Legal Pot In The U.S. May Be Undercutting Mexican Marijuana. “Two or three years ago, a kilogram of marijuana was worth $60 to $90,” says Nabór, a 24-year-old pot grower in the northwestern Mexican state of Sinaloa. “But now they’re paying us $30 to $40 a kilo. It’s a big difference. If the U.S. continues to legalize pot, they’ll run us into the ground.” Two years ago, the Mexican Institute of Competitiveness, in a study entitled “If Our Neighbors Legalize,” predicted the drug cartels would see their cannabis profits plummet 22 to 30 percent if the United States continued to decriminalize marijuana. “This is dangerous work to cultivate it and to sell it. If the army comes, you have to run or they’ll grab you,” Nabór explains. “The day we get $20 a kilo, it will get to the point that we just won’t plant marijuana anymore.”
Uruguay’s national marijuana program is safe after runoff election. Tabare Vazquez’s victory in Uruguay’s presidential election is a show of support for the leftist coalition that has governed the country for the past decade and allows the government to proceed with its plan to create the world’s first state-run marijuana marketplace. Vazquez, a 74-year-old oncologist who was president from 2005 to 2010, topped center-right rival Luis Lacalle Pou of the National Party 53 percent to 40 percent in Sunday’s vote. The runoff vote drew international attention after Lacalle Pou promised to undo much of the pioneering plan to put the government in charge of regulating the production, nationwide distribution and sale of Uruguay marijuana. Vazquez, meanwhile, said he would proceed with it, unless it produced negative results. In the first round of voting in October, Vazquez fell just short of an outright victory, getting 48 percent support against 31 percent for Lacalle Pou.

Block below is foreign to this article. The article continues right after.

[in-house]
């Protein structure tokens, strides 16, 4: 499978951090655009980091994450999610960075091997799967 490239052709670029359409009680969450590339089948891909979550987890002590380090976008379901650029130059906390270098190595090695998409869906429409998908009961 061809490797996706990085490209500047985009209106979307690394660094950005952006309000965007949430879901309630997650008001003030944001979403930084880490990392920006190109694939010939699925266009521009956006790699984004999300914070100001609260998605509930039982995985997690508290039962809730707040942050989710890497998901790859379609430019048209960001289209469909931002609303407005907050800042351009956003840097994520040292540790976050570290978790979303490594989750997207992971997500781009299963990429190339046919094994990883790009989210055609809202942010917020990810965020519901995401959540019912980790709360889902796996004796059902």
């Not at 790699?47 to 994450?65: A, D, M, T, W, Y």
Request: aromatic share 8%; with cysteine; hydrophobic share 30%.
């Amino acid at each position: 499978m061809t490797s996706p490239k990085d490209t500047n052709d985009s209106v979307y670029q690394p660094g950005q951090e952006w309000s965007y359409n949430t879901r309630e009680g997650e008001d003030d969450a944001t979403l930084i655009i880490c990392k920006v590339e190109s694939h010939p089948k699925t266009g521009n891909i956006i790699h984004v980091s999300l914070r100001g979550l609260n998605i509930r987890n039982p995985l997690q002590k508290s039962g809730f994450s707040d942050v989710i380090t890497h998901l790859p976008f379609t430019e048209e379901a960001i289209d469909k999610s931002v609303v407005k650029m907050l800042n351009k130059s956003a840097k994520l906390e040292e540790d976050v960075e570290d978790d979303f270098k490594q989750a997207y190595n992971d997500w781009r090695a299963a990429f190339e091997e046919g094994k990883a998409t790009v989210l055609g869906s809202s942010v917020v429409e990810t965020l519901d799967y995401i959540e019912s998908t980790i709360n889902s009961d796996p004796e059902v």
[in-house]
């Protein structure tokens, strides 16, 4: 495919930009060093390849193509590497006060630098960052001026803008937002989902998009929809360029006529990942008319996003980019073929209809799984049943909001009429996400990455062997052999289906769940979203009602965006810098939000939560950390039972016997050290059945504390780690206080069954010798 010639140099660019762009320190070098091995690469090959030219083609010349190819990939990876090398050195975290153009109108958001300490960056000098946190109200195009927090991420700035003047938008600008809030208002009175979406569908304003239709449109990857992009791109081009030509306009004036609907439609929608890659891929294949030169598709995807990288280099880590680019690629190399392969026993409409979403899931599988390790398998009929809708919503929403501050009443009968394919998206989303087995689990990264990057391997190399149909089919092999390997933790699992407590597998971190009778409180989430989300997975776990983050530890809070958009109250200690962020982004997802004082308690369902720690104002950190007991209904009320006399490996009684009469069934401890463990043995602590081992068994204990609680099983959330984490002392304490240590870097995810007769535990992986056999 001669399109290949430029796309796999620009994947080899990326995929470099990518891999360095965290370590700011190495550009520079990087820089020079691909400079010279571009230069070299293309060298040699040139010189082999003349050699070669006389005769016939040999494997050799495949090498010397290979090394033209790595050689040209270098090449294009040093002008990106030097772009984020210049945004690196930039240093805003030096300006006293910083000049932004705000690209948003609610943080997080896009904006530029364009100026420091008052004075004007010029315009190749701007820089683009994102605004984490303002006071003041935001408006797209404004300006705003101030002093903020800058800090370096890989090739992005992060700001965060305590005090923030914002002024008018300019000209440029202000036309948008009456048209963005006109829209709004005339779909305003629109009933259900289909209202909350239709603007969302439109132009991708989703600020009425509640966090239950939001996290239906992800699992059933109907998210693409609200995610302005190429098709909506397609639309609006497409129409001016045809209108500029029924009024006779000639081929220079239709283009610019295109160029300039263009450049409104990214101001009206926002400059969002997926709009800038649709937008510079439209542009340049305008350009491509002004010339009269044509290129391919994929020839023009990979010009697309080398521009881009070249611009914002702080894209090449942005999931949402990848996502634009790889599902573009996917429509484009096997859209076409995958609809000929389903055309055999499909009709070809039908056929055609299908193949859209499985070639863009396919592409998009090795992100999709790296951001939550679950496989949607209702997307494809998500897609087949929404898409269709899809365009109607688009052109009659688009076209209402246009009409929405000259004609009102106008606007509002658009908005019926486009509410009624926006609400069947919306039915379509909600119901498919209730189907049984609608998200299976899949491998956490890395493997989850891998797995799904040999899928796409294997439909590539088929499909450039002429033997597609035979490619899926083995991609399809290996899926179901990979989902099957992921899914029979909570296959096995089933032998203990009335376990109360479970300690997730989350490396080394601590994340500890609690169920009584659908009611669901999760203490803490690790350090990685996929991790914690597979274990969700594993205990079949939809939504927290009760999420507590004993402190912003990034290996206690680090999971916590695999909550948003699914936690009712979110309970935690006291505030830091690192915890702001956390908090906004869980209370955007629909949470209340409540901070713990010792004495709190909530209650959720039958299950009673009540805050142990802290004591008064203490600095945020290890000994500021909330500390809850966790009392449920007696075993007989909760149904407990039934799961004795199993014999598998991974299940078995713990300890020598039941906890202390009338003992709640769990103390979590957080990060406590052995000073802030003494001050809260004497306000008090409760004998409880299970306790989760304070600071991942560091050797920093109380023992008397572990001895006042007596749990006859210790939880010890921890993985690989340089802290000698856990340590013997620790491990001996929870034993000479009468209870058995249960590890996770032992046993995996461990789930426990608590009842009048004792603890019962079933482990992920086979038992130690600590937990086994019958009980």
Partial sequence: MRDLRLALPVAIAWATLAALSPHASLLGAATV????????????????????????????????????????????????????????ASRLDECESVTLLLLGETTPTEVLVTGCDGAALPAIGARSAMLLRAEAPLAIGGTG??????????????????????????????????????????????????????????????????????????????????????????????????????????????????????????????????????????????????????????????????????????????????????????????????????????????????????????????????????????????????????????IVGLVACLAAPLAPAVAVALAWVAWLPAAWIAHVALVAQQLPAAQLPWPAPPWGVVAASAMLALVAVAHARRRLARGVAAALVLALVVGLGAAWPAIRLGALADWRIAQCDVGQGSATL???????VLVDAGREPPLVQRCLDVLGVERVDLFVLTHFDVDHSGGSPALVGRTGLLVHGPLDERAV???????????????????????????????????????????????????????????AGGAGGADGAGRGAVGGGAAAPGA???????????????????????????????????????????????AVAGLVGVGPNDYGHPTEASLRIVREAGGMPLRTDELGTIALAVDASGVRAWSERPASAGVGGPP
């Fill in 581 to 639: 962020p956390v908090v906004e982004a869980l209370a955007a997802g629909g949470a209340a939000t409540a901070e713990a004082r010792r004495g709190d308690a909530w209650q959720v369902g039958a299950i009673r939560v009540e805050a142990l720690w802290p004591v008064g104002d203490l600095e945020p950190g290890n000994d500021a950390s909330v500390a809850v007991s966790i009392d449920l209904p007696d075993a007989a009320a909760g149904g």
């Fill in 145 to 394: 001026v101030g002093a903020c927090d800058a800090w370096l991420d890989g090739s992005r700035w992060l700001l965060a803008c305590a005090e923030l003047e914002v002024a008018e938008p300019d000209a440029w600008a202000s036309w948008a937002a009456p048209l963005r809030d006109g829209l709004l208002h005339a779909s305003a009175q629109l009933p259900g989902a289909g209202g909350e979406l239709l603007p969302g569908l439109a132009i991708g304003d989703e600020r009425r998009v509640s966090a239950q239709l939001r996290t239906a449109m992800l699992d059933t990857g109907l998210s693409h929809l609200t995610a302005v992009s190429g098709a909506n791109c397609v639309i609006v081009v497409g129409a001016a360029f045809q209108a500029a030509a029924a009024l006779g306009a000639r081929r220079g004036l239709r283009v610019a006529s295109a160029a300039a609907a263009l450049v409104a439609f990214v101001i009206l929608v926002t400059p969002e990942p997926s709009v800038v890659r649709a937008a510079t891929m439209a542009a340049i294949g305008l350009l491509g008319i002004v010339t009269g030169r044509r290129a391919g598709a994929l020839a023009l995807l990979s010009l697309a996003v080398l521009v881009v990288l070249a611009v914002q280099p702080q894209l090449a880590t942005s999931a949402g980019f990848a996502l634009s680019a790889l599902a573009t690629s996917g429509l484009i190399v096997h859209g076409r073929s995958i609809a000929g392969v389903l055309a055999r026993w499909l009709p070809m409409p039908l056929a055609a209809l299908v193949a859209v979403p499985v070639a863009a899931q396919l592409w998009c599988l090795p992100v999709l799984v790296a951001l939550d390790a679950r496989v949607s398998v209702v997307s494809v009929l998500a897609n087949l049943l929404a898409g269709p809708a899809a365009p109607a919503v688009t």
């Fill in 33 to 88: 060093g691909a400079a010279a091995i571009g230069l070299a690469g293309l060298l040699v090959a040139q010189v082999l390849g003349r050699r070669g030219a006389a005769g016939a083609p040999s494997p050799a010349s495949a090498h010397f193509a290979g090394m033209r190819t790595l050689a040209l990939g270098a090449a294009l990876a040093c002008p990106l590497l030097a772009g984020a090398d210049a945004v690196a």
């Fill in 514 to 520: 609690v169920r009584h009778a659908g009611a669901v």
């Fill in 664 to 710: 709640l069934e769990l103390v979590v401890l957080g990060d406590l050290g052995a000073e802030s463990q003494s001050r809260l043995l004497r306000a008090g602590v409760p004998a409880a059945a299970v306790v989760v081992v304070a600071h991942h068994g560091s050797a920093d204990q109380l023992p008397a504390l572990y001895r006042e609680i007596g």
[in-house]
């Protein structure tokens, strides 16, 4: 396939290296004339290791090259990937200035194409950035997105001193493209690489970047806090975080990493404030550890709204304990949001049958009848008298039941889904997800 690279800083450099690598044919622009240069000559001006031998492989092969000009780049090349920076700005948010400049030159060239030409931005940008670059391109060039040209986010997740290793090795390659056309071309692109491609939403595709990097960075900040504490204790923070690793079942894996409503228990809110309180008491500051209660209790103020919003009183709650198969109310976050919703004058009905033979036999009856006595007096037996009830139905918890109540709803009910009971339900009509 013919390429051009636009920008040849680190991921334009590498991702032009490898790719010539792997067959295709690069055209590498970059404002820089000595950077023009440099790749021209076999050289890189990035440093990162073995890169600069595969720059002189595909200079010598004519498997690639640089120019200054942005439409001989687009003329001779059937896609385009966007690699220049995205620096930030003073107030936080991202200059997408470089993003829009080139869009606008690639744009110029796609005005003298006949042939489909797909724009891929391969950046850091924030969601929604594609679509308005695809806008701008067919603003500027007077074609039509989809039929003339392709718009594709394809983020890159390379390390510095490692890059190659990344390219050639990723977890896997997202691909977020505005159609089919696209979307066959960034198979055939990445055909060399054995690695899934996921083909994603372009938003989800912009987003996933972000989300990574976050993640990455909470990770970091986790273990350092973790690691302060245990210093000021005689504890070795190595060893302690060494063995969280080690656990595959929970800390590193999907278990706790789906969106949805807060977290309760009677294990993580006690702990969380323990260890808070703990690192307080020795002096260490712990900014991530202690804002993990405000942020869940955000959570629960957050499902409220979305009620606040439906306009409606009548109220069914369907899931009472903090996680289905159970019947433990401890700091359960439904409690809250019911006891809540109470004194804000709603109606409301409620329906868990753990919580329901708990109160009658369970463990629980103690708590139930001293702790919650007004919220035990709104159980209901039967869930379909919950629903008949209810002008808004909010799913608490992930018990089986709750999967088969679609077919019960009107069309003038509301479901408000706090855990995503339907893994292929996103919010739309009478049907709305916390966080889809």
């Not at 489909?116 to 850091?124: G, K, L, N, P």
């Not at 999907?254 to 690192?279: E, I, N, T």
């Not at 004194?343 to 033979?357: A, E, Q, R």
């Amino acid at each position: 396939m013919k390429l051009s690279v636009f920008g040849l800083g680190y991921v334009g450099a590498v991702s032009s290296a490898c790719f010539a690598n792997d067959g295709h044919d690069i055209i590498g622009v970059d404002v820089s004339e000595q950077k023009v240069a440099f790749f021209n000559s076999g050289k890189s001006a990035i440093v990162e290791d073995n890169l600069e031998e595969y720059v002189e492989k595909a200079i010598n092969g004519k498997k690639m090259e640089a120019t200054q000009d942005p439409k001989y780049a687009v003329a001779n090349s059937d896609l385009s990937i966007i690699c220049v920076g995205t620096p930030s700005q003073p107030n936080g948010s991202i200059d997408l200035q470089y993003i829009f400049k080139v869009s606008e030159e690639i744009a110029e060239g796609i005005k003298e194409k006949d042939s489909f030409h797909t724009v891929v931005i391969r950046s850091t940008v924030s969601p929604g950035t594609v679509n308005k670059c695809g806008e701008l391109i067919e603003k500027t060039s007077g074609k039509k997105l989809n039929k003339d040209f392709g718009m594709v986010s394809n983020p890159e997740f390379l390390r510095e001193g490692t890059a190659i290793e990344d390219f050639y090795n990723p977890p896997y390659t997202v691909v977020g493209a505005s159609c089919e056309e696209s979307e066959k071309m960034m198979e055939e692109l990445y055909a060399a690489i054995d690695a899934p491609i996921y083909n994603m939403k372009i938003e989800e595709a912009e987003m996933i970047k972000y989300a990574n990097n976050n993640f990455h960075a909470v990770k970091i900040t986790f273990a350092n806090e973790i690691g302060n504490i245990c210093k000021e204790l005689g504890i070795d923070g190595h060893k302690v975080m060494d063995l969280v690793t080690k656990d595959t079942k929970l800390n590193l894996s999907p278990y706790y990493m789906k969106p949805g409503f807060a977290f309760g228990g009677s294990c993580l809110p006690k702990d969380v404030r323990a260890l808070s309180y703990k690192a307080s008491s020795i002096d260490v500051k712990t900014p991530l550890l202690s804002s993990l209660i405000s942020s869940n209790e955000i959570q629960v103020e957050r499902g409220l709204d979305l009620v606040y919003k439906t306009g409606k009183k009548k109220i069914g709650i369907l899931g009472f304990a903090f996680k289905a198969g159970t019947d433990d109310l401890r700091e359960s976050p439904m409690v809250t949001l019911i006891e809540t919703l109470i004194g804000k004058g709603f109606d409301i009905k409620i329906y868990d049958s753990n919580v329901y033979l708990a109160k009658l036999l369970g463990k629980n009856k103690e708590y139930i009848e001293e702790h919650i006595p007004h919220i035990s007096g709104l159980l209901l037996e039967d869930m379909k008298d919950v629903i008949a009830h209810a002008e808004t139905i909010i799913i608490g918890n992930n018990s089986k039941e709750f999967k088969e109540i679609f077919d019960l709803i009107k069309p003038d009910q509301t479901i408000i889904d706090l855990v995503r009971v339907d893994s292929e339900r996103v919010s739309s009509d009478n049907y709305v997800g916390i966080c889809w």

A Virginia state senator has introduced a bill to decriminalize possession of small amounts of marijuana. Under the proposal, the possession of less than an ounce of marijuana would be decriminalized. Currently, that’s punishable by a $500 fine and 30 days in jail. Among other things, the bill also would reduce the criminal penalties for distribution and possession with the intent to distribute by creating a presumption that a person who grows no more than six plants would be raising them for personal use. The bill would also soften some laws concerning marijuana paraphernalia and limit the forfeiture of property from the sale or distribution of 1 pound or more of marijuana. Currently, there is no minimum amount. Virginia State Police figures show that in 2013, there were more than 24,000 marijuana arrests in the state.
After her research team secured preliminary approval this week for a $2 million grant from the state of Colorado to study how marijuana affects veterans with post-traumatic stress disorder, a metro Phoenix doctor said she no longer needs an Arizona university to house the study. Dr. Sue Sisley was ousted from her University of Arizona position earlier this year for what she believes were political reasons after she clashed with state lawmakers over medical-marijuana research. Northern Arizona University refused to hire her, and Arizona State University has not said whether it will offer a position. Sisley wants to keep her part of the research project in Arizona because she said she’s committed to local veterans suffering PTSD. She said a private donor has offered her free lab space in north Scottsdale, and she may seek an academic appointment at an out-of-state university while conducting the research in Arizona.
Six months after Gov. Mark Dayton signed a bill legalizing medical marijuana extracts in Minnesota, makers are poised to start growing. State officials on Monday announced the two companies that will grow, process and sell medical cannabis to Minnesotans next year under the state’s new law. LeafLine Labs and Minnesota Medical Solutions were chosen from among 12 applicants. They’ll distribute the medication through eight sites across the state, the Minnesota Health Department said. State officials hope to have the products ready for sale by July. Minnesota Medical Solutions said its cannabis greenhouse in Otsego will be up and running this week. Lawmakers passed the strictest medical marijuana law in the country earlier this year. It prohibits smoking of the drug and requires instead that it be manufactured in pill or oil form. Medical marijuana will only be available to patients suffering from about 10 conditions including ALS and cancer.